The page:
I was scrambling to get all my gear together as well as get my food packed, all while trying to meet certain work obligations for the day. Jeff, my other brother, was also working and we opted to leave just before rush hour; however, that didn’t happen and we ended up leaving just as rush hour hit. While we were kind of in a hurry to get to the campsite, we were not in a huge rush. We stopped for dinner and then made it to the halfway mark.

The halfway mark was a small town and just outside the town, we passed the sheriff going in the opposite direction.

As he went by, I noticed him whip around really fast and immediately turned on his lights to catch up with me. I pulled over and my brother and I looked at each other wondering what I had done. When the sheriff got to the window, he said: “Did you all know that the door to the trailer is open?” My brother and I looked at each other and you could see the color of my brothers face go white as he just realized that his gun was close to the door. We jumped out and walked (ran) over to the side of the trailer and sure enough, the door was open. Luckily the gun, our food, and all our gear were safe and we locked it back up and went on to our destination.

As my brother and I arrived at our destination, it was a bit late ( around 11 PM). Each year we camp at the same campsite and know the area really well. However, when we got there, there were about 10-12 inches of snow on the dirt road that lead into the campground. I was being very cautious as we drove down the road so that I wouldn’t hit anything or slide off into the ditch. As I went around a couple of tight bends, we brushed a few tree branches but overall not much of an issue.

The Volkswagen Bug

We finally pulled into the campsite and there was a lot of snow and space to move around. My brother and I got out and after a quick talk with my cousin, It was time for me to back into a sweet spot up against the mountainside.

The campsite was set up with a roundabout in the middle of the area and so I jumped in the truck and made a wide turn expecting to pull around the roundabout, straighten out, and have a straight shot to back into the camping space.

Well, as I began to make the left turn on the roundabout I heard this crunching sound and all of sudden felt a big jerk and lost all forward movement. Not knowing what had happened, I rolled the window down and looked out into the darkness to see if I could see what happened.

At that moment, it became apparent the huge predicament I was in. I had not seen the Volkswagen Bug sized boulder in the middle of the roundabout and I had the toy hauler sitting on it with the back end of my truck off the ground a few inches.

I immediately jumped out of the truck to assess the situation and figure out what the damage looked like. I think if my brother and cousin could have seen me at that moment they would have noticed my expression of shock and awe as I looked at the boulder and the trailer sitting on it. It reminded me of a looney toons cartoon and I was Wyle E. Coyote. Needless to say, I wasn’t too thrilled and after a few curse words, we began to unload the trailer to eliminate some weight as we tried to figure out how to undo what I had done.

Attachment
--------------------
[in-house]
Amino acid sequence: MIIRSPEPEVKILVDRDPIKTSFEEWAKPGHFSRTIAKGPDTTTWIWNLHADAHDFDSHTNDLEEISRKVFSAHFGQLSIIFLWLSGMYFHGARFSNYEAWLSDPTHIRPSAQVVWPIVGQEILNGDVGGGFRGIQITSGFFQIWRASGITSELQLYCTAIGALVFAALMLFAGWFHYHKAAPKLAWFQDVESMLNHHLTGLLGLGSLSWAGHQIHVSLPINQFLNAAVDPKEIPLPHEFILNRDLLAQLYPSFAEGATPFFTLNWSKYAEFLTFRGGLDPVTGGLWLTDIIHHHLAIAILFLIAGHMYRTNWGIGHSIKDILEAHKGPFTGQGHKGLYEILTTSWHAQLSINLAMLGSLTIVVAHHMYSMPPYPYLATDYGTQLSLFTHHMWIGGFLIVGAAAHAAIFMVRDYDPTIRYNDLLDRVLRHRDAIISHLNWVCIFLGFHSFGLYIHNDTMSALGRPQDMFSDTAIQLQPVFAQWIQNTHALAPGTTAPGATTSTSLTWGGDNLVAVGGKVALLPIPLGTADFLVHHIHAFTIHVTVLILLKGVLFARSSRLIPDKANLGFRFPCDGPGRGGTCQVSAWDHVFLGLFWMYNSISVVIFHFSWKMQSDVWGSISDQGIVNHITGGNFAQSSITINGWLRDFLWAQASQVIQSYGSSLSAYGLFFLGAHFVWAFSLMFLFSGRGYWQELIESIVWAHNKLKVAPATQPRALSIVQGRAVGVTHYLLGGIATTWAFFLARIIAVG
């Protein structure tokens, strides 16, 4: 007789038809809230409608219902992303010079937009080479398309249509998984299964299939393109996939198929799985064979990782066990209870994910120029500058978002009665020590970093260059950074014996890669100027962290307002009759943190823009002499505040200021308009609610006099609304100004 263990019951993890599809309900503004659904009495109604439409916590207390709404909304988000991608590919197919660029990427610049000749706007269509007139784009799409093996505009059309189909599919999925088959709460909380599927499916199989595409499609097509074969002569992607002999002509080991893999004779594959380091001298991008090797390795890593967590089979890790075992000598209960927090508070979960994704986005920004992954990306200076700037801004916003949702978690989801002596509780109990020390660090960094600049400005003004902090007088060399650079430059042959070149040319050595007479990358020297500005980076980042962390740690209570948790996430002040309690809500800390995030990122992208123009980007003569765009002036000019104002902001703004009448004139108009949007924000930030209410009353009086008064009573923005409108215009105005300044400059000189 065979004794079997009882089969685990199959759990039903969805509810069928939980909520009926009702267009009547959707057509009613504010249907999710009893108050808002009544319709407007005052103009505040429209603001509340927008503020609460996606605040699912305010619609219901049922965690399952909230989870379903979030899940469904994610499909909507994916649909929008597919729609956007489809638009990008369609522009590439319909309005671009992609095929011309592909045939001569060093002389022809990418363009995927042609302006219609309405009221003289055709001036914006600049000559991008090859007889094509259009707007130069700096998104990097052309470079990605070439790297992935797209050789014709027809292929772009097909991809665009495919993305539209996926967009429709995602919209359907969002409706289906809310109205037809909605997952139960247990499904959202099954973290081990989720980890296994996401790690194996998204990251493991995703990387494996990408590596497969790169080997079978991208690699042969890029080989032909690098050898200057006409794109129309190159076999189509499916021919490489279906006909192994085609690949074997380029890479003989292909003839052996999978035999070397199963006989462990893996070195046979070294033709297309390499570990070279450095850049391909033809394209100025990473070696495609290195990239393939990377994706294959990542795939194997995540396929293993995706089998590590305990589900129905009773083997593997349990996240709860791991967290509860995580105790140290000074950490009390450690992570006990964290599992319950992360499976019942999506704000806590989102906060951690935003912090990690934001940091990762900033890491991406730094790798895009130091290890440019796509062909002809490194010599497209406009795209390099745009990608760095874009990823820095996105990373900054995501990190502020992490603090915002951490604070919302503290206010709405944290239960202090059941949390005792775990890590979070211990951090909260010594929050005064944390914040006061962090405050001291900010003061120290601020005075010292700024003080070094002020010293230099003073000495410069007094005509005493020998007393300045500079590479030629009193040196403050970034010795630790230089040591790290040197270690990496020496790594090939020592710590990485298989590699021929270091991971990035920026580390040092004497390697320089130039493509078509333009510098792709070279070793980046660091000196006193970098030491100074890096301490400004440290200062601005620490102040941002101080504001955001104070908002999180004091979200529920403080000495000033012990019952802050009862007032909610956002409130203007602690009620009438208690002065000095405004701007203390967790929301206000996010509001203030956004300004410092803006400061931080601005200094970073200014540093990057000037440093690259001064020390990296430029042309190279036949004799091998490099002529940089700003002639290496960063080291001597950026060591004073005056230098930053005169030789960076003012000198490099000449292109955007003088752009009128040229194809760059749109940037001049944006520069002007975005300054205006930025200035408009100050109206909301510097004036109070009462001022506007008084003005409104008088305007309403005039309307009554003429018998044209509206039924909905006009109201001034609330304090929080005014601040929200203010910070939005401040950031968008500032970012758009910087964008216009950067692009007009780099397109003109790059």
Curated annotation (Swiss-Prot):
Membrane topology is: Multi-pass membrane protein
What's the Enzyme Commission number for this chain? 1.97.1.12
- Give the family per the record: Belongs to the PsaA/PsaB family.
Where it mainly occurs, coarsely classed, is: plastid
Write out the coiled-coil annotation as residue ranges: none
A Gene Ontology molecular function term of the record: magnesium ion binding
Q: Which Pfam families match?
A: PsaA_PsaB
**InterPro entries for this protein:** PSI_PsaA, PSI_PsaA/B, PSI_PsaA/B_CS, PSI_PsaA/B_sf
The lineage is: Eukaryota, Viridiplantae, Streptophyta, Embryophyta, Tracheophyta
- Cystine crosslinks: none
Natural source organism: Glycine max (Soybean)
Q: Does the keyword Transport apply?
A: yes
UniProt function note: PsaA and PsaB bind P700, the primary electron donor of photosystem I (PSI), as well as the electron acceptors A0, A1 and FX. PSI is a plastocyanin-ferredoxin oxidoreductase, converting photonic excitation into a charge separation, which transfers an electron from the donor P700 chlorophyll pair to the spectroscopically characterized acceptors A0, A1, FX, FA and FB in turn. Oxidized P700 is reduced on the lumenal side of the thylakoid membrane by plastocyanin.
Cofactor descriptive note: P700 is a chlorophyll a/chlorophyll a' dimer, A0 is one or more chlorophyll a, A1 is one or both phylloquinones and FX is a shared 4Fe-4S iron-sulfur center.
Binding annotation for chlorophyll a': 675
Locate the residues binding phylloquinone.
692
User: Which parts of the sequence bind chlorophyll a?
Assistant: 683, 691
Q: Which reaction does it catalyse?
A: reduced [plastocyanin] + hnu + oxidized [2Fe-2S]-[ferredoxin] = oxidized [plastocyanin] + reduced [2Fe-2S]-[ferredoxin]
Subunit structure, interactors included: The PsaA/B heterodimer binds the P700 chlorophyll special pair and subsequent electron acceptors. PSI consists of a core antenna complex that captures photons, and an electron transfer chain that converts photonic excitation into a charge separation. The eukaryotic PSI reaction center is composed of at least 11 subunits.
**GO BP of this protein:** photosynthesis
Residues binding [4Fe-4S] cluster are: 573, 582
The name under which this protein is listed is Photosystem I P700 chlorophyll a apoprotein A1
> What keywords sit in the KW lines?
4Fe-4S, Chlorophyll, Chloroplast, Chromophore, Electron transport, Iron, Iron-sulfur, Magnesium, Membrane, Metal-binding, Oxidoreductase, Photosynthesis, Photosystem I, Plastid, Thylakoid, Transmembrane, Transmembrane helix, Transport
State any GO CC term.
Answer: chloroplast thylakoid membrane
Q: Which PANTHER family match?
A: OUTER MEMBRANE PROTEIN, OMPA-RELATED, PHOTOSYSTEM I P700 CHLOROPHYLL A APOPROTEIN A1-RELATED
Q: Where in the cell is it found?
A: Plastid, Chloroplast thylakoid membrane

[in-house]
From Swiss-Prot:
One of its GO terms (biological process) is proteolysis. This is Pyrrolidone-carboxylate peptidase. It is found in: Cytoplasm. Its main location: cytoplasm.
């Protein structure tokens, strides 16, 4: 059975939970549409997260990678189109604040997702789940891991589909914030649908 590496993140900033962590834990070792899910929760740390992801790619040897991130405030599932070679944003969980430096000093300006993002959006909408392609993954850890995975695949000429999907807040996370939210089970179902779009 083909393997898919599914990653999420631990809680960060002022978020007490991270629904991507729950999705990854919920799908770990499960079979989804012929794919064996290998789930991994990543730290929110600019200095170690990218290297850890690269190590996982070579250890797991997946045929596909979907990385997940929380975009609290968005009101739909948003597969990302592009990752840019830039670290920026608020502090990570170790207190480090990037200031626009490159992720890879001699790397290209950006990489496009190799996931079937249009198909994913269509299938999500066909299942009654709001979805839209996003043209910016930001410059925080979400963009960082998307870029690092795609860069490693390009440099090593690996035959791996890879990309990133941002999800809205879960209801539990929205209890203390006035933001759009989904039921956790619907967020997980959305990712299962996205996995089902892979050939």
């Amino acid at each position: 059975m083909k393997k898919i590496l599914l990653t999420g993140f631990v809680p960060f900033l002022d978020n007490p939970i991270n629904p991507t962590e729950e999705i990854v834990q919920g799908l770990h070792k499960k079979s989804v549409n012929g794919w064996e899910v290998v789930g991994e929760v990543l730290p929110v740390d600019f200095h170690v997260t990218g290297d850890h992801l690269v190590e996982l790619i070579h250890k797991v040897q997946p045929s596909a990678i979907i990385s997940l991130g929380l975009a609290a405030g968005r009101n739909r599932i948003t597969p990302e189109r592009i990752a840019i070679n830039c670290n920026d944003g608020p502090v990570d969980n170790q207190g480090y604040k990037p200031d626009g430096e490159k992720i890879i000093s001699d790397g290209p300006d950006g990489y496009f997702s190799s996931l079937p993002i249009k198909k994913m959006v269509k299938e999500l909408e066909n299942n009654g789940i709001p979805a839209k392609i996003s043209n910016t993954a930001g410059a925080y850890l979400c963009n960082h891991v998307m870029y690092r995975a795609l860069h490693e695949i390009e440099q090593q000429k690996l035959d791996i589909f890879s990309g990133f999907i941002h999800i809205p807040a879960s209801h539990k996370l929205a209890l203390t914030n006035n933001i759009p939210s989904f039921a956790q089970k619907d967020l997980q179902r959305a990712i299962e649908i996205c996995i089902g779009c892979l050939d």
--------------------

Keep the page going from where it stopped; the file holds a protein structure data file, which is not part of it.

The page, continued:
With the ATV’s out of the trailer, the truck seemed to be on the ground for the most part and so I jumped in and began to back up. After spinning the wheels, I threw it into four-wheel drive and tried again to no avail. The trailer had moved a little bit but I was still stuck on the rock.

I decided to unhitch the trailer and move the truck into a different position. After a couple of attempts at that, I was able to get off the boulder but the Toy Hauler was still stuck in the ditch next to the rock with the tires sitting deep in the mud.

Diesel Power To the Rescue

We immediately unhitched the truck again and moved it into another position and once it was hooked back up, I let the diesel do its magic.

To this day, I am still not sure how I got the trailer out of the hole I was in but I did. With a bit of repositioning of the truck and some good old fashioned diesel power, we got the trailer back onto the snow packed road.

Now came the fun part. I still needed to back into the campsite and get off the main dirt road. That left turn had to be made to get perpendicular to the campsite in order to back in. During the repositioning of the truck, I noticed that I could take a wider turn than I had originally done, in order to avoid the rock and the ditch of death. With a better lay of the land, I was able to get the trailer where I needed it. All in all it turned out to be a great hunt.

Further Questions:

Pro-Active Assessments: What Should You Do At Each Rest Stop?

Take some time at a gas station to assess the trailer and check for any loose objects that just don’t look right.

How to tell if you might get a flat tire on the way?

Check the tires for wear and tear and learn to recognize tires that are beginning to rot.

What does the lay of the land look like?

Use google maps or other resources to make sure you know and become familiar with the area where you will be camping.